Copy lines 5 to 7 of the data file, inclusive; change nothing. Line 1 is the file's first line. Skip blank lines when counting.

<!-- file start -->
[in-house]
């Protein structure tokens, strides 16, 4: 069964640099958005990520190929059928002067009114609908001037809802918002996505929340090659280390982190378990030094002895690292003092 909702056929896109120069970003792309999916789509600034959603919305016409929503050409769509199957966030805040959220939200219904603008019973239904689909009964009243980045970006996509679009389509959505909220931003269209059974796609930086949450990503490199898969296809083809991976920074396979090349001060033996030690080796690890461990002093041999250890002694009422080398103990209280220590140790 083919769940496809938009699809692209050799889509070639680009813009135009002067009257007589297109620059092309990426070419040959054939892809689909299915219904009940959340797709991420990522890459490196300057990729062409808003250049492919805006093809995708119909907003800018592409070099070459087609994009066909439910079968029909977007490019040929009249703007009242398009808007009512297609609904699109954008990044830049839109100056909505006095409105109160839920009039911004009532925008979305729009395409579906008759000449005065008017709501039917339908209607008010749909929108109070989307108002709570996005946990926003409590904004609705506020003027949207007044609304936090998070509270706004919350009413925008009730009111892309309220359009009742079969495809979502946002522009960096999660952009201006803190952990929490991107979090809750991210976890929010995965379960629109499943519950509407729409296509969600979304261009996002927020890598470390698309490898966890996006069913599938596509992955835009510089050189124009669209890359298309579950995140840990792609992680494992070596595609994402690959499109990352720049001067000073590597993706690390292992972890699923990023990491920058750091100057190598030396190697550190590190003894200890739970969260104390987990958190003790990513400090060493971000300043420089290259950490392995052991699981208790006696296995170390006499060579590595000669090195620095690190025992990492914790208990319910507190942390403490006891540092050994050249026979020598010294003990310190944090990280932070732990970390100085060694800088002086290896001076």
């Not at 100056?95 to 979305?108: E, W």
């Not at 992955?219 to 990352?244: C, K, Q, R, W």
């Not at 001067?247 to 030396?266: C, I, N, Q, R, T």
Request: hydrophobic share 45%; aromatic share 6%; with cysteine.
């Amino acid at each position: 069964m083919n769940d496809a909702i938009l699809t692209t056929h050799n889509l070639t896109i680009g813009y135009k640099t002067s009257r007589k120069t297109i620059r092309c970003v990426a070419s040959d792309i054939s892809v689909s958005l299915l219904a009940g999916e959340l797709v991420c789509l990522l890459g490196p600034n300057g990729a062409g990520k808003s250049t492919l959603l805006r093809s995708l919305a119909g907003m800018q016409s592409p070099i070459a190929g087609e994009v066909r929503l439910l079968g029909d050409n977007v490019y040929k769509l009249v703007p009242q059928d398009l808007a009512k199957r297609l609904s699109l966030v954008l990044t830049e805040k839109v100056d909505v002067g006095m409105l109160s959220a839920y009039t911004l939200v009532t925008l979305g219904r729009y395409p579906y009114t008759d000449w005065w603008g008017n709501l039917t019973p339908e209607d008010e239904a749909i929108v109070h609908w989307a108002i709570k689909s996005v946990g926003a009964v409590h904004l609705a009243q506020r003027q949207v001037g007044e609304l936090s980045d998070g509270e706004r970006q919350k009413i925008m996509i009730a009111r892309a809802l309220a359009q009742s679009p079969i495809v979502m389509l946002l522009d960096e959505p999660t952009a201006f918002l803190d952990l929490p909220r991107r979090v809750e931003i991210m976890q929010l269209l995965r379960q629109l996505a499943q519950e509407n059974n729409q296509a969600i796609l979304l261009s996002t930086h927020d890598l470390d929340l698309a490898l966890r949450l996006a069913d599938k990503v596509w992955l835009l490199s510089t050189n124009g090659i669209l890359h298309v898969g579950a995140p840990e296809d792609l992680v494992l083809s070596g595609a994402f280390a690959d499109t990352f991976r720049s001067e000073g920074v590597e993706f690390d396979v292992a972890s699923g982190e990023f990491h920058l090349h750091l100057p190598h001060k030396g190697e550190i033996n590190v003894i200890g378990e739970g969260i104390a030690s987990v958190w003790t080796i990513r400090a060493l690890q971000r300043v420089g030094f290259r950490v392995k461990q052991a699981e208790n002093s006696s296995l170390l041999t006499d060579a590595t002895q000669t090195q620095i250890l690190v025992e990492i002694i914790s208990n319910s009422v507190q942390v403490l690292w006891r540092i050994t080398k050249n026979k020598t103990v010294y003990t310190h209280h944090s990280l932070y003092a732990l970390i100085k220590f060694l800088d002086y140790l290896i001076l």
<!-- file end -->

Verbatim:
């Not at 001067?247 to 030396?266: C, I, N, Q, R, T």
Request: hydrophobic share 45%; aromatic share 6%; with cysteine.
């Amino acid at each position: 069964m083919n769940d496809a909702i938009l699809t692209t056929h050799n889509l070639t896109i680009g813009y135009k640099t002067s009257r007589k120069t297109i620059r092309c970003v990426a070419s040959d792309i054939s892809v689909s958005l299915l219904a009940g999916e959340l797709v991420c789509l990522l890459g490196p600034n300057g990729a062409g990520k808003s250049t492919l959603l805006r093809s995708l919305a119909g907003m800018q016409s592409p070099i070459a190929g087609e994009v066909r929503l439910l079968g029909d050409n977007v490019y040929k769509l009249v703007p009242q059928d398009l808007a009512k199957r297609l609904s699109l966030v954008l990044t830049e805040k839109v100056d909505v002067g006095m409105l109160s959220a839920y009039t911004l939200v009532t925008l979305g219904r729009y395409p579906y009114t008759d000449w005065w603008g008017n709501l039917t019973p339908e209607d008010e239904a749909i929108v109070h609908w989307a108002i709570k689909s996005v946990g926003a009964v409590h904004l609705a009243q506020r003027q949207v001037g007044e609304l936090s980045d998070g509270e706004r970006q919350k009413i925008m996509i009730a009111r892309a809802l309220a359009q009742s679009p079969i495809v979502m389509l946002l522009d960096e959505p999660t952009a201006f918002l803190d952990l929490p909220r991107r979090v809750e931003i991210m976890q929010l269209l995965r379960q629109l996505a499943q519950e509407n059974n729409q296509a969600i796609l979304l261009s996002t930086h927020d890598l470390d929340l698309a490898l966890r949450l996006a069913d599938k990503v596509w992955l835009l490199s510089t050189n124009g090659i669209l890359h298309v898969g579950a995140p840990e296809d792609l992680v494992l083809s070596g595609a994402f280390a690959d499109t990352f991976r720049s001067e000073g920074v590597e993706f690390d396979v292992a972890s699923g982190e990023f990491h920058l090349h750091l100057p190598h001060k030396g190697e550190i033996n590190v003894i200890g378990e739970g969260i104390a030690s987990v958190w003790t080796i990513r400090a060493l690890q971000r300043v420089g030094f290259r950490v392995k461990q052991a699981e208790n002093s006696s296995l170390l041999t006499d060579a590595t002895q000669t090195q620095i250890l690190v025992e990492i002694i914790s208990n319910s009422v507190q942390v403490l690292w006891r540092i050994t080398k050249n026979k020598t103990v010294y003990t310190h209280h944090s990280l932070y003092a732990l970390i100085k220590f060694l800088d002086y140790l290896i001076l």